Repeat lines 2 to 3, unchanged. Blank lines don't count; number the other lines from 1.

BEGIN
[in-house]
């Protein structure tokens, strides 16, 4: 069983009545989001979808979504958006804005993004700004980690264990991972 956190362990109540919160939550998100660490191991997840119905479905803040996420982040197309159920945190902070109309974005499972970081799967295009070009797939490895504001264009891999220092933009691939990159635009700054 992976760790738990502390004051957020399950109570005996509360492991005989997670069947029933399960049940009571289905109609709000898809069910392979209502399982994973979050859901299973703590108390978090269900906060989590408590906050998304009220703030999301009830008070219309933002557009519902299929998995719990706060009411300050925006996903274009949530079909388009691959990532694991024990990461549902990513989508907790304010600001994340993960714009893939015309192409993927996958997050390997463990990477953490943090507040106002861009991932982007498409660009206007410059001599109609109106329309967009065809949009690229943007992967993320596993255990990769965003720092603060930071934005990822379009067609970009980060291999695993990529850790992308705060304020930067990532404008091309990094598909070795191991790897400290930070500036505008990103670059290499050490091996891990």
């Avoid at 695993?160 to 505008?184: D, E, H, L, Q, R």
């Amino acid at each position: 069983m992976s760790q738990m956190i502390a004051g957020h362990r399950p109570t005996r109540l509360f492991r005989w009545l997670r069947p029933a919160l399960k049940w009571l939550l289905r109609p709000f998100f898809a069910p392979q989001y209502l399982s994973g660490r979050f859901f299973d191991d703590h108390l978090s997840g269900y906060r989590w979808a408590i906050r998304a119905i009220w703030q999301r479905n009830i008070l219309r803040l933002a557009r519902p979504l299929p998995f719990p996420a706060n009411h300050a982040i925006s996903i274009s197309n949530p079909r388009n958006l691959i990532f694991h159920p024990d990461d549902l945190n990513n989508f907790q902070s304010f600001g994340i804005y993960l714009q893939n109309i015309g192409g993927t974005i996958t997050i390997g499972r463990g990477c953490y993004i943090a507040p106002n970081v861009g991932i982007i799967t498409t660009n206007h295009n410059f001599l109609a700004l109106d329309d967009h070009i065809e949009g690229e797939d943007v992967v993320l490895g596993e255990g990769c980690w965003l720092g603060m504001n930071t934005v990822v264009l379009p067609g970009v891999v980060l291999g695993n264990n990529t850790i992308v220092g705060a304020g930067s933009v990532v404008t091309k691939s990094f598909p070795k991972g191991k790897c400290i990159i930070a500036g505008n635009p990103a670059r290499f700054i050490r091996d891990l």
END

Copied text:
């Protein structure tokens, strides 16, 4: 069983009545989001979808979504958006804005993004700004980690264990991972 956190362990109540919160939550998100660490191991997840119905479905803040996420982040197309159920945190902070109309974005499972970081799967295009070009797939490895504001264009891999220092933009691939990159635009700054 992976760790738990502390004051957020399950109570005996509360492991005989997670069947029933399960049940009571289905109609709000898809069910392979209502399982994973979050859901299973703590108390978090269900906060989590408590906050998304009220703030999301009830008070219309933002557009519902299929998995719990706060009411300050925006996903274009949530079909388009691959990532694991024990990461549902990513989508907790304010600001994340993960714009893939015309192409993927996958997050390997463990990477953490943090507040106002861009991932982007498409660009206007410059001599109609109106329309967009065809949009690229943007992967993320596993255990990769965003720092603060930071934005990822379009067609970009980060291999695993990529850790992308705060304020930067990532404008091309990094598909070795191991790897400290930070500036505008990103670059290499050490091996891990």
């Avoid at 695993?160 to 505008?184: D, E, H, L, Q, R």